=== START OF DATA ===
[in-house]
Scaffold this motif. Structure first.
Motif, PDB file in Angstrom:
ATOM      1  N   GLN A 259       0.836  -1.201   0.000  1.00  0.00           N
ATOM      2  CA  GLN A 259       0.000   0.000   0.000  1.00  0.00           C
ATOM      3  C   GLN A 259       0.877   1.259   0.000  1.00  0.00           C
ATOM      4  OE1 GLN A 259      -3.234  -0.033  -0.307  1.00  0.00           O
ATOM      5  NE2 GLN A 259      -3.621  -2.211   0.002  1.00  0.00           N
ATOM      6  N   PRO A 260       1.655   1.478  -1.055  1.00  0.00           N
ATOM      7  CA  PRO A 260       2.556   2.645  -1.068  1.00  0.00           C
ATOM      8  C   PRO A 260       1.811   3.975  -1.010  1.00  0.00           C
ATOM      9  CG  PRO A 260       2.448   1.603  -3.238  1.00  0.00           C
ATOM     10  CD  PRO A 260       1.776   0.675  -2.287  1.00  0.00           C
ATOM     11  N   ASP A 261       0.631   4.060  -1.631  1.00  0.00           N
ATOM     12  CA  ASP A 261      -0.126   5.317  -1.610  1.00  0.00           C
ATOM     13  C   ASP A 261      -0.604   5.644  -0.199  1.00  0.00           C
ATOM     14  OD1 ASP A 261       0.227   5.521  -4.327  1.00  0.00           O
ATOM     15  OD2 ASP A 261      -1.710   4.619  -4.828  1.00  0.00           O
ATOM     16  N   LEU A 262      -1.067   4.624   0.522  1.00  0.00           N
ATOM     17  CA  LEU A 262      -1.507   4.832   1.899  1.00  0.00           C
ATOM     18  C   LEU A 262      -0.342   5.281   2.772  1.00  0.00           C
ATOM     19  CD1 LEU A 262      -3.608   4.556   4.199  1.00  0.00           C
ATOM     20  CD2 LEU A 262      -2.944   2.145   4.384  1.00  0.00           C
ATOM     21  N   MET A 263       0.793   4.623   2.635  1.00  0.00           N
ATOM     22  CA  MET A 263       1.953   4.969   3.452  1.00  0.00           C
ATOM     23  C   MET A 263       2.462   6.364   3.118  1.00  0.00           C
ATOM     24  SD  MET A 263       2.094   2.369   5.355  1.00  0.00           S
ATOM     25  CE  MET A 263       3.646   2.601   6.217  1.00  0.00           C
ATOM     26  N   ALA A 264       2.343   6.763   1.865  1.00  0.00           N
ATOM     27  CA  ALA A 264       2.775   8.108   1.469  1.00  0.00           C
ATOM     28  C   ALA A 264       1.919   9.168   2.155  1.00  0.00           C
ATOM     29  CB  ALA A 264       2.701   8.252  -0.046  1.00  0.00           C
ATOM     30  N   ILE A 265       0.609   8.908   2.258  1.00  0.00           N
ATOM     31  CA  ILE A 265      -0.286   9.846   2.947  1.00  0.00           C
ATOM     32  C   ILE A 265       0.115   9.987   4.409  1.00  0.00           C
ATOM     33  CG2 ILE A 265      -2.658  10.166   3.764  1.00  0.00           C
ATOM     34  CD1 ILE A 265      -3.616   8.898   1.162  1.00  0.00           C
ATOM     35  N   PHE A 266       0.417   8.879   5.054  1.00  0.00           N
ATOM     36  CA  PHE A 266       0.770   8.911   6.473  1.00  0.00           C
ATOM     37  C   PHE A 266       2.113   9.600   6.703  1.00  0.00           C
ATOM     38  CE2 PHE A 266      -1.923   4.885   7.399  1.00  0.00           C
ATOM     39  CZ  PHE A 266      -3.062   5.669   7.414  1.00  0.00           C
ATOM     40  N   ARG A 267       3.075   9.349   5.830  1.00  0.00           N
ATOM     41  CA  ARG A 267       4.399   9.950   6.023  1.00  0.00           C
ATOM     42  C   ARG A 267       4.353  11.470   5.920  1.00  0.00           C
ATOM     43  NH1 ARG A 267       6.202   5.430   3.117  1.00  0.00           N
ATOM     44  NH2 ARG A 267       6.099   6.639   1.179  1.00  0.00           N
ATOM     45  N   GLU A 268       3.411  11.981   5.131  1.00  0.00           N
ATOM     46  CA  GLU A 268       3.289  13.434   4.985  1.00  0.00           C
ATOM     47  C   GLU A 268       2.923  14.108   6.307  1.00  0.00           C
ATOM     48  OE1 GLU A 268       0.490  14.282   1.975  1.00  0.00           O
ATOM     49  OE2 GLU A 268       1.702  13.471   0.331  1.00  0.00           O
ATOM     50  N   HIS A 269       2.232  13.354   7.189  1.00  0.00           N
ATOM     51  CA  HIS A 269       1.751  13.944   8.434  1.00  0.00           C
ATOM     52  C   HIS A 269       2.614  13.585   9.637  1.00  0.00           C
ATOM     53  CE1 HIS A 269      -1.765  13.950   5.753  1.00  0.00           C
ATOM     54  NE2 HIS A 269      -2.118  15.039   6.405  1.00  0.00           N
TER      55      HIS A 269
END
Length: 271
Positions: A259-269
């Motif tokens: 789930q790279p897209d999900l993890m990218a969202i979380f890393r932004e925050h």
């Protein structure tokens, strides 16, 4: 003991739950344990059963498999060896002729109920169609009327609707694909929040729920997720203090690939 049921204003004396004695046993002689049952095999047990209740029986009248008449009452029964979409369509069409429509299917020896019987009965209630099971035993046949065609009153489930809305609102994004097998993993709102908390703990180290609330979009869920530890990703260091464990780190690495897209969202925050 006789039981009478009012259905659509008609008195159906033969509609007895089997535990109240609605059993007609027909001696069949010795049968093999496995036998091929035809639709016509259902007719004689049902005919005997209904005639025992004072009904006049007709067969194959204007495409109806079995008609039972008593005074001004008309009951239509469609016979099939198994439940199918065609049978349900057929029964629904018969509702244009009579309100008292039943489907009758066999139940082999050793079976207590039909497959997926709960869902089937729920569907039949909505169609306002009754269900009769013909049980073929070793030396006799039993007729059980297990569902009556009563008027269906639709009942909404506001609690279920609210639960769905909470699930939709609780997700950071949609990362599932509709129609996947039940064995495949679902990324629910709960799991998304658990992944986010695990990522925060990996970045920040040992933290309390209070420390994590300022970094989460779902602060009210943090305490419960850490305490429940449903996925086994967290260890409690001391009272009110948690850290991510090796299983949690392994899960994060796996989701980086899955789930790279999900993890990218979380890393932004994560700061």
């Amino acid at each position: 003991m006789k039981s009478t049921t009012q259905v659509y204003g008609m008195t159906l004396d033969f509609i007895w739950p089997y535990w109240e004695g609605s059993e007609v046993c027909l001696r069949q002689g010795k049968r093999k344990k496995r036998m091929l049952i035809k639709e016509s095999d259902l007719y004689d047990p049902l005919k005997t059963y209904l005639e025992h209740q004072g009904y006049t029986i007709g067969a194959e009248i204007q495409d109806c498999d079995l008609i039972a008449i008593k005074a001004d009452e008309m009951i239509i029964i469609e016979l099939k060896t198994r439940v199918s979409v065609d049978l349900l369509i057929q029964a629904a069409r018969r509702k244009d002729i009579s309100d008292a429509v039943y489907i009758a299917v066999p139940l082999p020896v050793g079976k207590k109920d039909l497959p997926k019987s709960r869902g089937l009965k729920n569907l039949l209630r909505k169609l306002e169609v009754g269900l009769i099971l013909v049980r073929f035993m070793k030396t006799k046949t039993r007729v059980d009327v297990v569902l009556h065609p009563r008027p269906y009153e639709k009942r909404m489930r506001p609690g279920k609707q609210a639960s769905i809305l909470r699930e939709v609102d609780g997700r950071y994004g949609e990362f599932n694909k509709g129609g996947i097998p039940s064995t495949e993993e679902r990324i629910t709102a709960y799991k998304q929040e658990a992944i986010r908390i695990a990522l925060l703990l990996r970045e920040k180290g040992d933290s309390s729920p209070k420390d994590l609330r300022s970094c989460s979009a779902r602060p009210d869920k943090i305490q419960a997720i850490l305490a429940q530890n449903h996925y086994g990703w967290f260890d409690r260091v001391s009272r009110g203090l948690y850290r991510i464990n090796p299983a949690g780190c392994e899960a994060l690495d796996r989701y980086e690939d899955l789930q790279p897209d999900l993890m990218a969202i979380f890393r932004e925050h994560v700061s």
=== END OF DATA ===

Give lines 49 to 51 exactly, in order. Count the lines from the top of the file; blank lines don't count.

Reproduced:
ATOM     46  CA  GLU A 268       3.289  13.434   4.985  1.00  0.00           C
ATOM     47  C   GLU A 268       2.923  14.108   6.307  1.00  0.00           C
ATOM     48  OE1 GLU A 268       0.490  14.282   1.975  1.00  0.00           O